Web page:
Let's talk school shootings

Discussion in 'General Education' started by Caesar753, Jan 23, 2018.

  1. a2z

    a2z Maven

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    I understand what you are saying, but in the mean time how do you protect students from the random student who wants to shoot up a school? Or is that something we should not address in any form of policing way but only do so in wealthy areas that are not as used to being surrounded by gun violence?

    I saw on the re-play of the gathering at the White House that teachers from DC said they have entrance metal detectors and student searches at the only open entrances to the school and multiple armed officers at the school. She seemed to believe it produced a safe learning environment and the students did not mind. This was in a high-crime, high-poverty area of DC.
     
  2. a2z

    a2z Maven

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    Really? Our country has no community any more. We are divided. Mistakes are seen as *insert negative term here*. Kids are surrounded by violence and ideas that are really beyond their understanding on a continual basis. Kids who are kept from those types of things are seen as protected as if something is wrong with not having kids know about more adult ideas at a young age. Every kid is expected to be THE BEST at everything. If they drop their guard for a moment, they are seen as not doing enough.

    Parents are under huge pressure from change in finances, expectations, and information overload. No matter what they do society is telling them they are wrong. (Just like teachers are getting from society.) Which puts families on edge. Then on top of that broken home after broken home.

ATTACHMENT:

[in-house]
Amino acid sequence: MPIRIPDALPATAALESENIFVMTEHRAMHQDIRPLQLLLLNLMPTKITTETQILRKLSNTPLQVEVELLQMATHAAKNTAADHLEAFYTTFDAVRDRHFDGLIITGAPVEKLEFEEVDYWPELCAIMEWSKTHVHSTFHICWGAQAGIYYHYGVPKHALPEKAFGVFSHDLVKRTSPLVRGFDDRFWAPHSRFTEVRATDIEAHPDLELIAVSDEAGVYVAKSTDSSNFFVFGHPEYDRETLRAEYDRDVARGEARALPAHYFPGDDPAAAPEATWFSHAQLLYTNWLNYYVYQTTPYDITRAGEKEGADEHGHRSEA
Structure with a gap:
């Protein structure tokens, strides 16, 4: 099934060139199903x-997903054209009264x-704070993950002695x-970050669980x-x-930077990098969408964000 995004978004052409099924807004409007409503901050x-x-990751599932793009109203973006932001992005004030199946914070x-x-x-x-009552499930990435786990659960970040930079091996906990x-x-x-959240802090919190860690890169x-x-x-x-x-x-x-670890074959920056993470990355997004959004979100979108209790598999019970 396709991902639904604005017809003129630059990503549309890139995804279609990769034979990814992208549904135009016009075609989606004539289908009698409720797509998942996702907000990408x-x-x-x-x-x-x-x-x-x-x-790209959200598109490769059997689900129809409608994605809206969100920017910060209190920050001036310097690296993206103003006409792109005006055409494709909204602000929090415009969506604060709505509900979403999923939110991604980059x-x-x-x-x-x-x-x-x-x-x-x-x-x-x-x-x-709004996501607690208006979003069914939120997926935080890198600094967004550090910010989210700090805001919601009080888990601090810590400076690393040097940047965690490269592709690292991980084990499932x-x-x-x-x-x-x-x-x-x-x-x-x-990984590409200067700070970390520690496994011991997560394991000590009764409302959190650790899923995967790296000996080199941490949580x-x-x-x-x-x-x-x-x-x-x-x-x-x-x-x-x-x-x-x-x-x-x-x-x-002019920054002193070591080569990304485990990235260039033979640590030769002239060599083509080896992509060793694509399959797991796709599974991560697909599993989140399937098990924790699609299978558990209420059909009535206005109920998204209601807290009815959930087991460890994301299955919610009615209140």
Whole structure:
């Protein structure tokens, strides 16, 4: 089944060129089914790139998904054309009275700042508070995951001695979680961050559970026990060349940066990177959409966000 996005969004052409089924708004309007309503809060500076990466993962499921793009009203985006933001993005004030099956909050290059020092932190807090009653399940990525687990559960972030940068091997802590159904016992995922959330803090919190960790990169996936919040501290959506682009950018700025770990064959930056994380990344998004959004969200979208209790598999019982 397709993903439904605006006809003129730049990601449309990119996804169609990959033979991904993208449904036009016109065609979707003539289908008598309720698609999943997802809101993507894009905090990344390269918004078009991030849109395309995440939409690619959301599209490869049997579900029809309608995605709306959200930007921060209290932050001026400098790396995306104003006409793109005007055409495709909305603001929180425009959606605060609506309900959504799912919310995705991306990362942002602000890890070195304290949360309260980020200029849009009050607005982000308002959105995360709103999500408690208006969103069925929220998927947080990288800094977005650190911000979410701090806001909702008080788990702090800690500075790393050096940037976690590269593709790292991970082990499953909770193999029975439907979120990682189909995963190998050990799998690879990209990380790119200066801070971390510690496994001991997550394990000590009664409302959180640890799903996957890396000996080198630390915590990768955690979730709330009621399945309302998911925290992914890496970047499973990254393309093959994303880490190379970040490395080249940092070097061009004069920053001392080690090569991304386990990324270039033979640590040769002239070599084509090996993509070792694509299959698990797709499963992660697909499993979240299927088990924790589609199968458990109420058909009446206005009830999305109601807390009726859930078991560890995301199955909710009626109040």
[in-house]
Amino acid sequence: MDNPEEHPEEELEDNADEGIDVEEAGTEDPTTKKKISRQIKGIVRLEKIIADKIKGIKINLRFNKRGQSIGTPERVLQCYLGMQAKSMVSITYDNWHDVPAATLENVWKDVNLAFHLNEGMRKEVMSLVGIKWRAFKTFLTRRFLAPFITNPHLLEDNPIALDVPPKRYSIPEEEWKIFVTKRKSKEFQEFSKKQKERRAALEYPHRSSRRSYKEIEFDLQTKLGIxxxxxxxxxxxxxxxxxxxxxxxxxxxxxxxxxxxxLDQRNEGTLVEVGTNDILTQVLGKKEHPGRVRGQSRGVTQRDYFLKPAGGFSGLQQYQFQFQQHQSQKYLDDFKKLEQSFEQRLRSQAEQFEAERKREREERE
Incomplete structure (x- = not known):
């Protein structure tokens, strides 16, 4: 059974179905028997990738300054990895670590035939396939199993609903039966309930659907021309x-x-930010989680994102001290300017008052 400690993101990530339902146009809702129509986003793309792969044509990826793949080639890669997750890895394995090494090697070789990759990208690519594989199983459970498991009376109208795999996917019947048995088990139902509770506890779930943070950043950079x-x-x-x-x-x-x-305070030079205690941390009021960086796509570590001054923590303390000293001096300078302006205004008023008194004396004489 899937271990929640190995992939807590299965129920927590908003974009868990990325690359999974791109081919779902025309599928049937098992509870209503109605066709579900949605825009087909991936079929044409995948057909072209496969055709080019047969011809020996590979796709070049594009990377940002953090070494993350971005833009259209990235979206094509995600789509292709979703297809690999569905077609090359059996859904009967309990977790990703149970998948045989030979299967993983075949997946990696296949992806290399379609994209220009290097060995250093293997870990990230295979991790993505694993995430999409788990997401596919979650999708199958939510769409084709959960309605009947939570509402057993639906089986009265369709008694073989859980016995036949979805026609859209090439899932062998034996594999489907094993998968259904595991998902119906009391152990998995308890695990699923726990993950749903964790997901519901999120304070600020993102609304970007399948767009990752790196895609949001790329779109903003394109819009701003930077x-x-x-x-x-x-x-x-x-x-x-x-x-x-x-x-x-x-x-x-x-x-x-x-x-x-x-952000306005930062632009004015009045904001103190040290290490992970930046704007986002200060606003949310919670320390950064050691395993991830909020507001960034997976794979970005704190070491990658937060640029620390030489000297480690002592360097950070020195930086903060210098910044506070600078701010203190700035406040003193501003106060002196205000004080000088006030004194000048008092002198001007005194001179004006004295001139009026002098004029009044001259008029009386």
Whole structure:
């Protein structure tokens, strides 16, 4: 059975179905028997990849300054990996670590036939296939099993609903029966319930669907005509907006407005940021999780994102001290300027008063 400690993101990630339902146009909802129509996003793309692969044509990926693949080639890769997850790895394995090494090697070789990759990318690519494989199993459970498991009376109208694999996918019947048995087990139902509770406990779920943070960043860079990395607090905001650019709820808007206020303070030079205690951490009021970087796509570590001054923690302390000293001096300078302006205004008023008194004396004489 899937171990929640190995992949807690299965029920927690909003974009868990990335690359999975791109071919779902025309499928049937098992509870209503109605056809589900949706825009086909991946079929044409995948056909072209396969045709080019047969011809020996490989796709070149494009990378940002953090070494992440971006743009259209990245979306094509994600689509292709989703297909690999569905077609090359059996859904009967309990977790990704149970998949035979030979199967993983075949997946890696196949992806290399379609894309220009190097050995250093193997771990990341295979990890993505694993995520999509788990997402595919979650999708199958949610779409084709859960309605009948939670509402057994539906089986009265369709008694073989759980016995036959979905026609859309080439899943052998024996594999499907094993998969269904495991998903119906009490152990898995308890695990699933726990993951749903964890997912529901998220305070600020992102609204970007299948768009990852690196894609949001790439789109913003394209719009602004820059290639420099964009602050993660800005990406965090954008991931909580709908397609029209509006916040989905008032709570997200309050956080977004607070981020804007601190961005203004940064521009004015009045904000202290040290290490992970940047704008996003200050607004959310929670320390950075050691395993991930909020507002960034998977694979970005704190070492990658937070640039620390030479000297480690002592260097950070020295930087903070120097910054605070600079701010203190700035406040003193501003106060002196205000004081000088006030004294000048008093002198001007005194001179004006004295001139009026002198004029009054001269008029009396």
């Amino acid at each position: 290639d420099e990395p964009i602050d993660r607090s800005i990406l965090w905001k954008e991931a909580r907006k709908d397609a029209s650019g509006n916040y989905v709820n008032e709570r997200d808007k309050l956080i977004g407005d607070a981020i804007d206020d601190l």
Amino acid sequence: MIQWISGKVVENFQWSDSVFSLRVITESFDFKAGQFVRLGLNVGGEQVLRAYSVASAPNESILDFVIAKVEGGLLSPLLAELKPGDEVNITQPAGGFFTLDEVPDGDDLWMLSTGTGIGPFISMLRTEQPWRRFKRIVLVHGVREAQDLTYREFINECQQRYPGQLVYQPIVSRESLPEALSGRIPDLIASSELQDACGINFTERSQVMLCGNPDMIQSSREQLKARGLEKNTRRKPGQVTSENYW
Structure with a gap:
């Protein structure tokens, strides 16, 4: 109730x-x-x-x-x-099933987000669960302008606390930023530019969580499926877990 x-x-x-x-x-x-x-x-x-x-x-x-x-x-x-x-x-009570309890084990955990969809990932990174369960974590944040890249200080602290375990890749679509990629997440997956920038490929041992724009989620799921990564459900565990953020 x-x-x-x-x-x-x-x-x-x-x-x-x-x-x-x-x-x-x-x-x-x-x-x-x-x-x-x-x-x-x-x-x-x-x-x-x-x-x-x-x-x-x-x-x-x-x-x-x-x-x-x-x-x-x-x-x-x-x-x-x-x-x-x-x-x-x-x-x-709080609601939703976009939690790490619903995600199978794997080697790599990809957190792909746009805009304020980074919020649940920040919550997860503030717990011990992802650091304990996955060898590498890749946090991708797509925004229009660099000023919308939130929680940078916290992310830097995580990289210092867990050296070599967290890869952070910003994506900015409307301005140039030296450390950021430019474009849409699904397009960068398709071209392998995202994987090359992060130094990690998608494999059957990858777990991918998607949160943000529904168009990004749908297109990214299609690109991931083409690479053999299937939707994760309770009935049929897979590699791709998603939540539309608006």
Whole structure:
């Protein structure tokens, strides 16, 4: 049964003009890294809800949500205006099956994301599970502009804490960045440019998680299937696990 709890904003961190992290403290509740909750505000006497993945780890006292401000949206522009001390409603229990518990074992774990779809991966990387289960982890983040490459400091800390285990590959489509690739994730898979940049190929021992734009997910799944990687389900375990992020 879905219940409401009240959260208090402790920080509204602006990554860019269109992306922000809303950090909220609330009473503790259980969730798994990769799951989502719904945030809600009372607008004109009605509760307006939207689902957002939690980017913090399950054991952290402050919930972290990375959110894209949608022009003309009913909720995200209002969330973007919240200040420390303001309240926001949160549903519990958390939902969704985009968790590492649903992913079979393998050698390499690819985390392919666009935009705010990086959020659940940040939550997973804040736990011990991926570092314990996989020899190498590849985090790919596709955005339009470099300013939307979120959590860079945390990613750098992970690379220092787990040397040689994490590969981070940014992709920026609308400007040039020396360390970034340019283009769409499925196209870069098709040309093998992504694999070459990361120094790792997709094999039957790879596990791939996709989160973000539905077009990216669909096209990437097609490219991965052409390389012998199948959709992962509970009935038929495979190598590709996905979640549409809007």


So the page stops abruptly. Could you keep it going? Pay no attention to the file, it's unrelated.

Nothing is wrong and everything is wrong all at the same time. I wouldn't want to be a kid these days.
     
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  3. Tyler B.

    Tyler B. Groupie

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    The NRA reveres the constitution, a document that also laid out how slaves would be regarded. We changed the slave thing because it was wrong. The gun thing is wrong too. We need to change it.
     
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  4. Caesar753

    Caesar753 Multitudinous

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    "But the movement for hardening isn’t just impractical or lacking in evidentiary support; it’s also a dystopian stroke of authoritarianism that runs deeply counter to the ideas embodied in the Constitution. Increasingly militarized school resource officers don’t just passively wait for mass shootings; they have daily encounters with students that appear to be increasing in frequency. Brutality is endemic. Mother Jones chronicled 28 serious student injuries and one death from 2010 to 2015 in such encounters. The brunt of those brutal incidents and arrests falls on black students, and high-profile incidents of officers kicking students, choking them, handcuffing third-graders, and slamming students to the ground are all too common."

    "As Coaston writes, these setups will almost certainly tend towards gross violations of students’ First Amendment rights to speech and Fourth Amendment rights to privacy, and will do so along already-established lines of race and class."
     
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  5. a2z

    a2z Maven

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    Thank you.

    These things are happening to students of all colors. I've seen quite a number of elementary aged kids in the news handcuffed that were not black. I've personally seen white teens put to the ground by the SROs.

    The question then becomes, is the problem a few rogue officers, poor training on de-escalation procedures, or behaviors of the students who refuse to comply? Is it a change in reporting? Is it really a black problem? I noticed the article said many but didn't give a percentage.